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IBM partners with ISVs to focus on vertical industries

Mar 08, 20044 mins

* IBM speaks your industry's language

The next time you sit down with the sales team from your preferred independent software vendor, one of the reps across the table from you might proffer an IBM business card.  At its recent PartnerWorld 2004 event, IBM announced a massive ISV partnership effort that should be very good for an IT or business executive charged with implementing a new industry-specific business application.

In its biggest shift in more than five years, IBM is stirring up its whole business model to focus on industry vertical solutions.  The company is realigning how it partners and goes to market with ISVs to leverage business insight and technology expertise in very specific industries. 

But ISVs aren’t the only people in the IBM solutions chain that are being dropped into specific-industry buckets.  The company is training 13,000 of its salespeople, implanting them with more in-depth knowledge about the industries they are assigned to.  Add this to the 60,000-plus business process consultants that joined IBM during the PriceWaterhouseCoopers acquisition a few years ago, and you have some very knowledgeable people in a given business area.  Taking it over the top are the IBM researchers who have the ability to apply research principles to resolve problems.  For instance, researchers apply mathematical algorithms to optimize flight schedules for airlines.

Some call it IBM’s new “vertical vision.”  It’s the recognition that there are challenging business environments that differ industry by industry.  So everyone in the company is being swizzled around to align to a dozen or so industries, such as healthcare, government, life sciences, financial markets, retail, banking, aerospace and defense, automotive, telecom and electronics. 

This can only be a good thing for the line of business manager who wants to talk to a technology solution provider about his very explicit business challenges and needs.  It vastly increases the chances that the business manager is talking to someone who speaks his language and has relevant industry knowledge and experience.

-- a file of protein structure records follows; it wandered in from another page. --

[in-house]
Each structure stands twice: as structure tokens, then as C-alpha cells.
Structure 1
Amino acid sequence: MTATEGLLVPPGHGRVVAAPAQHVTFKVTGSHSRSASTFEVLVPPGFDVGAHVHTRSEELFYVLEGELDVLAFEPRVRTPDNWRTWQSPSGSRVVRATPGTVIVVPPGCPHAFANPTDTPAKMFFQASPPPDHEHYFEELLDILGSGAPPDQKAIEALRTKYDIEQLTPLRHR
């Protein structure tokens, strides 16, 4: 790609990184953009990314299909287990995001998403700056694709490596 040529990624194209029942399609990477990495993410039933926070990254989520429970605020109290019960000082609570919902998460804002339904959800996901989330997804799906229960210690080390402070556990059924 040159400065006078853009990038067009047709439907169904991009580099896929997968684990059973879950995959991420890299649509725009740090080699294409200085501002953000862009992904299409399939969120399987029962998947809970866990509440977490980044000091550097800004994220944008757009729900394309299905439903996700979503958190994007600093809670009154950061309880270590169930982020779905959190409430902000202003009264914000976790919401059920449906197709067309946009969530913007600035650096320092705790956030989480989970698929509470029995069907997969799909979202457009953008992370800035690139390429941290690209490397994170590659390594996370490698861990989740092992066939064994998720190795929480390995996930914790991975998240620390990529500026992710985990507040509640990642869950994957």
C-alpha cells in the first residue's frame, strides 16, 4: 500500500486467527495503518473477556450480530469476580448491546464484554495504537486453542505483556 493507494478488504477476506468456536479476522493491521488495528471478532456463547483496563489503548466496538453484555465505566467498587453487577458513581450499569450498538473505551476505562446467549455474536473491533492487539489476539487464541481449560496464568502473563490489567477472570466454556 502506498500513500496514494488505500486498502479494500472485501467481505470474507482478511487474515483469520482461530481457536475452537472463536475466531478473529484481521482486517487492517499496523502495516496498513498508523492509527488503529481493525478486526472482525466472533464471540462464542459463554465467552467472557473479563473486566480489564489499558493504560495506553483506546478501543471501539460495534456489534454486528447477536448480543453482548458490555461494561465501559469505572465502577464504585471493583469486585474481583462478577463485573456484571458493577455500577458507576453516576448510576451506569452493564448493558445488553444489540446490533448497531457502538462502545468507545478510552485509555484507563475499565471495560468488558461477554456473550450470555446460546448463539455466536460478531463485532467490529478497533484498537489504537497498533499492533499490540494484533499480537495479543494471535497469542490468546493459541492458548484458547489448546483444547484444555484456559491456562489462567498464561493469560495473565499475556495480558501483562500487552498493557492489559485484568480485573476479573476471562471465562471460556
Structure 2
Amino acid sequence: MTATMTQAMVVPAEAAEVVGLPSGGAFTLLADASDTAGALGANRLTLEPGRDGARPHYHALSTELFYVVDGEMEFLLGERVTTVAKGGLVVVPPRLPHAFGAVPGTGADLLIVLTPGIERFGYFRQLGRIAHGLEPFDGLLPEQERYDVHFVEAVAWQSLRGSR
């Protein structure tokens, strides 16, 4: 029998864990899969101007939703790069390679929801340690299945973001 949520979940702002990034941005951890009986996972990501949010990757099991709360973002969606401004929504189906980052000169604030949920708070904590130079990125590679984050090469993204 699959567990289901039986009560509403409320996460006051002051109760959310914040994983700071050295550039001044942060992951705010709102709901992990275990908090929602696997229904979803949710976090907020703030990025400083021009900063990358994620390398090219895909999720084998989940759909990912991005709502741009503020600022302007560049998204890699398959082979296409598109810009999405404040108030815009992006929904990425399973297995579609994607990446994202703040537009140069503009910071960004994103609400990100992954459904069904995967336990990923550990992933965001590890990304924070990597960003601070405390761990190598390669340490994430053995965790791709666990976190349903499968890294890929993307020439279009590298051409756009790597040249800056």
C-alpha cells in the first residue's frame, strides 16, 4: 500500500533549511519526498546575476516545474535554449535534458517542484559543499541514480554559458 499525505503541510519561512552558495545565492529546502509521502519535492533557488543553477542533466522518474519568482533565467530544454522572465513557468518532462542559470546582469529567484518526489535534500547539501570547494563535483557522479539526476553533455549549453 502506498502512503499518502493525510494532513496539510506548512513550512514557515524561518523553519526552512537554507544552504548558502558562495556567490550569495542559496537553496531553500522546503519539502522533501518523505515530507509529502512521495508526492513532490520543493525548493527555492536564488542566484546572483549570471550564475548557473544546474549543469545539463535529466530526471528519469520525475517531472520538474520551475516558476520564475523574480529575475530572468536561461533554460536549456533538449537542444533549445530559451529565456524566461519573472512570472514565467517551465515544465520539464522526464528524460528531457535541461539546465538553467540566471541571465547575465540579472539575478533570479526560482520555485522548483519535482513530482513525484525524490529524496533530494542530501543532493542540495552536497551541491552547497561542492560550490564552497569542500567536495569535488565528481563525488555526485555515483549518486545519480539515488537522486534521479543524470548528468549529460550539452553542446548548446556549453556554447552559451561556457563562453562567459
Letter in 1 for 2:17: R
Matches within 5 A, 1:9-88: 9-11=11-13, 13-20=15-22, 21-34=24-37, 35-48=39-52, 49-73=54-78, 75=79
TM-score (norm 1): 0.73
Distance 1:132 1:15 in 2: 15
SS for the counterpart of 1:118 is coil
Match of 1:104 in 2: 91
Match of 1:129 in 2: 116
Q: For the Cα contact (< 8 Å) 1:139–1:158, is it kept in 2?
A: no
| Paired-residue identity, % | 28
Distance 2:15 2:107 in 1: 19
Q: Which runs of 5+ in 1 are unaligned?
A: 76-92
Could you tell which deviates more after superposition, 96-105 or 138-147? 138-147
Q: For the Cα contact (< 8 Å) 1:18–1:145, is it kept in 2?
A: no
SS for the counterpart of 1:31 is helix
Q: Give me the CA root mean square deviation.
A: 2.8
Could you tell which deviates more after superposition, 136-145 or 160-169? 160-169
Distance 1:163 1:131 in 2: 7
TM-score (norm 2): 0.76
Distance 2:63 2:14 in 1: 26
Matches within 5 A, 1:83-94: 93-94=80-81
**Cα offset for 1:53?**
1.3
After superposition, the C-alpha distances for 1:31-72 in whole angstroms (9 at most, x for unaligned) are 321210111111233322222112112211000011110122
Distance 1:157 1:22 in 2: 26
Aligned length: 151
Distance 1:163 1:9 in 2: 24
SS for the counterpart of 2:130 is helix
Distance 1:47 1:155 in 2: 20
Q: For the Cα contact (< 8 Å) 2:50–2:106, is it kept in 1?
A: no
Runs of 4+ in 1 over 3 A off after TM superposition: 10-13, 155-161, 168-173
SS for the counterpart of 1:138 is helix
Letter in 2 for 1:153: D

Beyond the people expertise, IBM is assembling the technology expertise, whether it is home grown or comes from partners.  Through what it calls PartnerWorld Industry Networks, IBM is encouraging ISVs to work with IBM and with each other to create and extend reusable solution blueprints.  The idea is that a solution that works well for one financial institution can be the blueprint for a similar solution for another customer.  Hardware and software components may change, of course, but because the solutions are all built on open standards, building the final result is quicker and more cost effective.  Plus, what is learned from one project is applied toward the next one, and the one after that.

IBM isn’t unique in taking this vertical industry solution approach.  Other companies are adopting the model, too, but IBM has more clout behind it.  Very few companies can bring to the table as rich a portfolio as IBM, with a worldwide sales force, a $5 billion a year R&D budget, a range of business hardware and middleware, a vast partner network, and a respected business consulting practice.

So the next time you sit down with your IBM rep, he may not talk about servers or operating systems at all.  Instead, he’ll talk about how to solve that troubling manufacturing process, or how to speed up point-of-sale transactions, or how best to keep patients’ records private – whatever your concern is.  Don’t hold back on telling him about the business problems that keep you up at night, because he’ll be better equipped to assemble the A-team that can help you rest easier.

Linda Musthaler is vice president of Currid & Company.  You can write to her at